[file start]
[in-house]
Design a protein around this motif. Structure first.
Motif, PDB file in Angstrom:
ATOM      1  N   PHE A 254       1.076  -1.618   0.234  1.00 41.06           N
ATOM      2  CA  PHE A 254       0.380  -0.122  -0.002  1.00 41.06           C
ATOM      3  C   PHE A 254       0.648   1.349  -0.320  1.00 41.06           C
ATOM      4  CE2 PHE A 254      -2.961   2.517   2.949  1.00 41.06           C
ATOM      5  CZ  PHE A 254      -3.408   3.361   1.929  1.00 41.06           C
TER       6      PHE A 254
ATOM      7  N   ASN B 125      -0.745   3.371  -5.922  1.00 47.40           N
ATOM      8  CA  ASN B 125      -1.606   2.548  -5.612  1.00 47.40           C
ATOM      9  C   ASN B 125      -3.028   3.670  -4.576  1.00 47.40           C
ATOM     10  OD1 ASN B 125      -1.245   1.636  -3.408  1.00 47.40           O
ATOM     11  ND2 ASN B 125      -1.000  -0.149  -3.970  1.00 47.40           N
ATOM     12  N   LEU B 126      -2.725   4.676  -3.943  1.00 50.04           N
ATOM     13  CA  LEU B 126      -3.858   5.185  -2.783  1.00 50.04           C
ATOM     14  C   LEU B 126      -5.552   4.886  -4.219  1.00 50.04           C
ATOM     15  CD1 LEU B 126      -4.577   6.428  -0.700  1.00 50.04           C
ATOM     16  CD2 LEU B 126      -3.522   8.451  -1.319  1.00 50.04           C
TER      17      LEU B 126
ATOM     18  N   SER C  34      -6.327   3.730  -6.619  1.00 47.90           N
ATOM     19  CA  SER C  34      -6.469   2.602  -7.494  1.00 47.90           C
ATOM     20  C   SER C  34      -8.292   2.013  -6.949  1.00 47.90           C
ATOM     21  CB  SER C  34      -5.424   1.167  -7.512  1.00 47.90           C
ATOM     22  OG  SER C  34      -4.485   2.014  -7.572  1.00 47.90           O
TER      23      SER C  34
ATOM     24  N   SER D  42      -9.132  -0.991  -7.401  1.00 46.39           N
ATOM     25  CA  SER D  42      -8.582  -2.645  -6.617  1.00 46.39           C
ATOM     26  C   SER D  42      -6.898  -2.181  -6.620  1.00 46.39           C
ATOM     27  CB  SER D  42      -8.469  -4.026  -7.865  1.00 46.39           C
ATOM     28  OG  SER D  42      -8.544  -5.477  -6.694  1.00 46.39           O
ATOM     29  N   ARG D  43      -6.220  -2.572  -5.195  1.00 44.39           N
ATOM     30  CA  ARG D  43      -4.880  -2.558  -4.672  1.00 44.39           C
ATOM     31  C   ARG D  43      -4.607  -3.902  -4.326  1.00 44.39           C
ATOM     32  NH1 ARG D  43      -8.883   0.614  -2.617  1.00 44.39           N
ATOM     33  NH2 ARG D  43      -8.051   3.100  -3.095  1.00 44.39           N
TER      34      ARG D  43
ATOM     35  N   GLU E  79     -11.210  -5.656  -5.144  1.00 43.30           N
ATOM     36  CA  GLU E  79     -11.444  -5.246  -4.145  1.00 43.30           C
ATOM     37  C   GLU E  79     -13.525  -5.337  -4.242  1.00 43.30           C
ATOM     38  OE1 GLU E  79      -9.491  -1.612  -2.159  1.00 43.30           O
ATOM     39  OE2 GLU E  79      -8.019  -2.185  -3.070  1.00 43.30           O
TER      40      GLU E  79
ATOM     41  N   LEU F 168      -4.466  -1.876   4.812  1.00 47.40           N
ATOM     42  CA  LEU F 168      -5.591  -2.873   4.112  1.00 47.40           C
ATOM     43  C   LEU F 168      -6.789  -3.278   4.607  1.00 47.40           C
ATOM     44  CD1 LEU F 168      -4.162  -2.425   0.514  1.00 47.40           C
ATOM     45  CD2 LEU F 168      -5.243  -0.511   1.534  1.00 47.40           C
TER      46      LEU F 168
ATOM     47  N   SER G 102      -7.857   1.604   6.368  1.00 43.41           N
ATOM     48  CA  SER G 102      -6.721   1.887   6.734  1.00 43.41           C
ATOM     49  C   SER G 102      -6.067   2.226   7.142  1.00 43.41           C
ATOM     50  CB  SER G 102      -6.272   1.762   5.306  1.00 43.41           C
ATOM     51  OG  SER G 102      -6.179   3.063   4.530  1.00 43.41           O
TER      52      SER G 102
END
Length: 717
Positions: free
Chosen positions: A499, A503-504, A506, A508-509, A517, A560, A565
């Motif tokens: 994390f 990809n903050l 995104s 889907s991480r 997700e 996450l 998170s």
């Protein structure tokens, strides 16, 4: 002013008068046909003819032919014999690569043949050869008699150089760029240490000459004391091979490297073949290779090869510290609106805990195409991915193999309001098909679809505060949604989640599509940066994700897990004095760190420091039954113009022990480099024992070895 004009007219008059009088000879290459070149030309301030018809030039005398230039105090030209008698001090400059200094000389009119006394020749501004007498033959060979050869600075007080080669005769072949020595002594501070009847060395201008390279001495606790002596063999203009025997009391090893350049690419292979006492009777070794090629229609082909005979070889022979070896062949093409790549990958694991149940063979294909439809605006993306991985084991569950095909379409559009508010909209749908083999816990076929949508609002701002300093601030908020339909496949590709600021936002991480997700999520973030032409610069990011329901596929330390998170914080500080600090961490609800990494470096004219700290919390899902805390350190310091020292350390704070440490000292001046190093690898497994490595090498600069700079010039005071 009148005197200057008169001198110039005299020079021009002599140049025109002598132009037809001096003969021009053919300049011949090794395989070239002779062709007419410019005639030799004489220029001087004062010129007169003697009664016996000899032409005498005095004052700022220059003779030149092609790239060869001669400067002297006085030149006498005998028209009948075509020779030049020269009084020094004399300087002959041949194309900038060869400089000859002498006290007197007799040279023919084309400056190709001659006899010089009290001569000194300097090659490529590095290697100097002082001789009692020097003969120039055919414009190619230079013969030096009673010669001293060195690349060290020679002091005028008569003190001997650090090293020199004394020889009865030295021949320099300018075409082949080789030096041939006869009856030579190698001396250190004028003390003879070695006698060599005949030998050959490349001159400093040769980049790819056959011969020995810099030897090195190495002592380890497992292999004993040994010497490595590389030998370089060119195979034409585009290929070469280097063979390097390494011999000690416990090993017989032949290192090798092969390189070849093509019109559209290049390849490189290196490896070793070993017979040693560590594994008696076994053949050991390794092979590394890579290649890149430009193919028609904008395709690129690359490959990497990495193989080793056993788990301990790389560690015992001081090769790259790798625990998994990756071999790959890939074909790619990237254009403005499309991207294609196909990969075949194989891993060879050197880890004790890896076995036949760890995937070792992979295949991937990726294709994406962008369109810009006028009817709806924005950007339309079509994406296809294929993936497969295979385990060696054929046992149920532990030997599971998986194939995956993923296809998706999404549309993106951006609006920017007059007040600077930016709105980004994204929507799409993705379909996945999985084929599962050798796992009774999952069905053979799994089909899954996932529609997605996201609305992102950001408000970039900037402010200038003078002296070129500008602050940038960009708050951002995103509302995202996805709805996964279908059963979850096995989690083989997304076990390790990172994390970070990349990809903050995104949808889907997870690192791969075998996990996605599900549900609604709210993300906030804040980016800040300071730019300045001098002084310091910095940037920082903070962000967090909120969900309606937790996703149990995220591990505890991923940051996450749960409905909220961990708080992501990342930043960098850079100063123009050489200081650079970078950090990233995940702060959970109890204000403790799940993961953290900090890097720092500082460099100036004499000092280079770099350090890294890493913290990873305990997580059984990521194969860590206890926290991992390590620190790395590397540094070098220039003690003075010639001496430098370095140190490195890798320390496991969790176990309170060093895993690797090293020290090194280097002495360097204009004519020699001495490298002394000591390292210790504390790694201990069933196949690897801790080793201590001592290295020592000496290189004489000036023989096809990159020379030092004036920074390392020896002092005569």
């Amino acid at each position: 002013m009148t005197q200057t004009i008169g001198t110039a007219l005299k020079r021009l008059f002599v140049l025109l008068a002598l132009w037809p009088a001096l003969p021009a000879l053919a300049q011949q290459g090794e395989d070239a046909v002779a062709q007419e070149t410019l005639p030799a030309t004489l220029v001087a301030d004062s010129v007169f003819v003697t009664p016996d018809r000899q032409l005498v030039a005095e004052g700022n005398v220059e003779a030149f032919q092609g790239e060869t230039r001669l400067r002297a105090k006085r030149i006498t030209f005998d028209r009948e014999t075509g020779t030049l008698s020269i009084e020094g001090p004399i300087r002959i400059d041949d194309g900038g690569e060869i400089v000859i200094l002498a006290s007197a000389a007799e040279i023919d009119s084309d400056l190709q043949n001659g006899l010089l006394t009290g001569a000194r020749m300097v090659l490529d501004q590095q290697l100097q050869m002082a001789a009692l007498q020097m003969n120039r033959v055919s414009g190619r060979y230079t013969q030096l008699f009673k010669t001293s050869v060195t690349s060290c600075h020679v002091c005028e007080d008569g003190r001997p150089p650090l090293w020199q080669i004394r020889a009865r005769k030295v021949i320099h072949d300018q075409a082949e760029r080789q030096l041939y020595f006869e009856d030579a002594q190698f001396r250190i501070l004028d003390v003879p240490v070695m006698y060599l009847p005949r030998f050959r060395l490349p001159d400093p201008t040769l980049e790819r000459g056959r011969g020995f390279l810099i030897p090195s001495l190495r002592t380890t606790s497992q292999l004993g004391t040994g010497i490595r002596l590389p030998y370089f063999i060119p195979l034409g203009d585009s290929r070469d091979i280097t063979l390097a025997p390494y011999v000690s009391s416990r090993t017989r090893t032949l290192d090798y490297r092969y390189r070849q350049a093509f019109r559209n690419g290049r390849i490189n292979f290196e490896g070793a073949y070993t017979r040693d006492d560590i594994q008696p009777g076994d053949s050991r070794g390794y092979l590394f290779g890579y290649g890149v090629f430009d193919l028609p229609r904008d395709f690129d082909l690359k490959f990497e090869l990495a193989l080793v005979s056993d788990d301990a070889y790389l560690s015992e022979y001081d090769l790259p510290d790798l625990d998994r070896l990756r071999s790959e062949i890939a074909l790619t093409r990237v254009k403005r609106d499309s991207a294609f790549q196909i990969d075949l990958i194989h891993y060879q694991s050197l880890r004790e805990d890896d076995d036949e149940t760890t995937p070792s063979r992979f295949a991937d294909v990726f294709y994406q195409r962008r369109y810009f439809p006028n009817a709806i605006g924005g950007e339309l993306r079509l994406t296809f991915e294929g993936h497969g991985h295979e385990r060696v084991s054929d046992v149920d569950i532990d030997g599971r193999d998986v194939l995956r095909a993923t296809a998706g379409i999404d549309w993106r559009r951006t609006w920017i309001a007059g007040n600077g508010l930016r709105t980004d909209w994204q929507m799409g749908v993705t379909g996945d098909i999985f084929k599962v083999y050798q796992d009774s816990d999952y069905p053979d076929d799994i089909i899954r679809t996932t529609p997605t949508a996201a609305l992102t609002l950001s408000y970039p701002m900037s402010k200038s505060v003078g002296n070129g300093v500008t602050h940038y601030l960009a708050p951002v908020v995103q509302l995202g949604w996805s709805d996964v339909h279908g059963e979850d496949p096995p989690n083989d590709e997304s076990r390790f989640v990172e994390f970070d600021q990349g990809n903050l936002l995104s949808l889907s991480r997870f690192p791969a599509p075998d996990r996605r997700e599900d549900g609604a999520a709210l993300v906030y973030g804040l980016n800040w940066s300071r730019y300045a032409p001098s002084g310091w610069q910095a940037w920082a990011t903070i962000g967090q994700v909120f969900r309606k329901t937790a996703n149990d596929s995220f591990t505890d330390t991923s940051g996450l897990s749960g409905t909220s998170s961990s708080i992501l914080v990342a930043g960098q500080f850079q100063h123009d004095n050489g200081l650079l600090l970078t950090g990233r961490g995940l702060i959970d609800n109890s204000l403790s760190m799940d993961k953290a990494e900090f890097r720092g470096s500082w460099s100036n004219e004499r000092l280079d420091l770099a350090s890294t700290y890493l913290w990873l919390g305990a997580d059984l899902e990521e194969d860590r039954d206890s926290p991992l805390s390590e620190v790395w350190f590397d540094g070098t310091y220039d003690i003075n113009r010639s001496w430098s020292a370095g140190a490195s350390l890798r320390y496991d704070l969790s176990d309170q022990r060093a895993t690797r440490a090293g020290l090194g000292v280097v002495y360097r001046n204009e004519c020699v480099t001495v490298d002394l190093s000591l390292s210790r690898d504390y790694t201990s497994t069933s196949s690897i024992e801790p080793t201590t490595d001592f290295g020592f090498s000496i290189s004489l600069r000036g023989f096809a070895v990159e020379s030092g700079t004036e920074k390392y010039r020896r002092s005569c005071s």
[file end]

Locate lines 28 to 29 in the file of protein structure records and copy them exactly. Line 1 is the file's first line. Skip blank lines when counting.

ATOM     25  CA  SER D  42      -8.582  -2.645  -6.617  1.00 46.39           C
ATOM     26  C   SER D  42      -6.898  -2.181  -6.620  1.00 46.39           C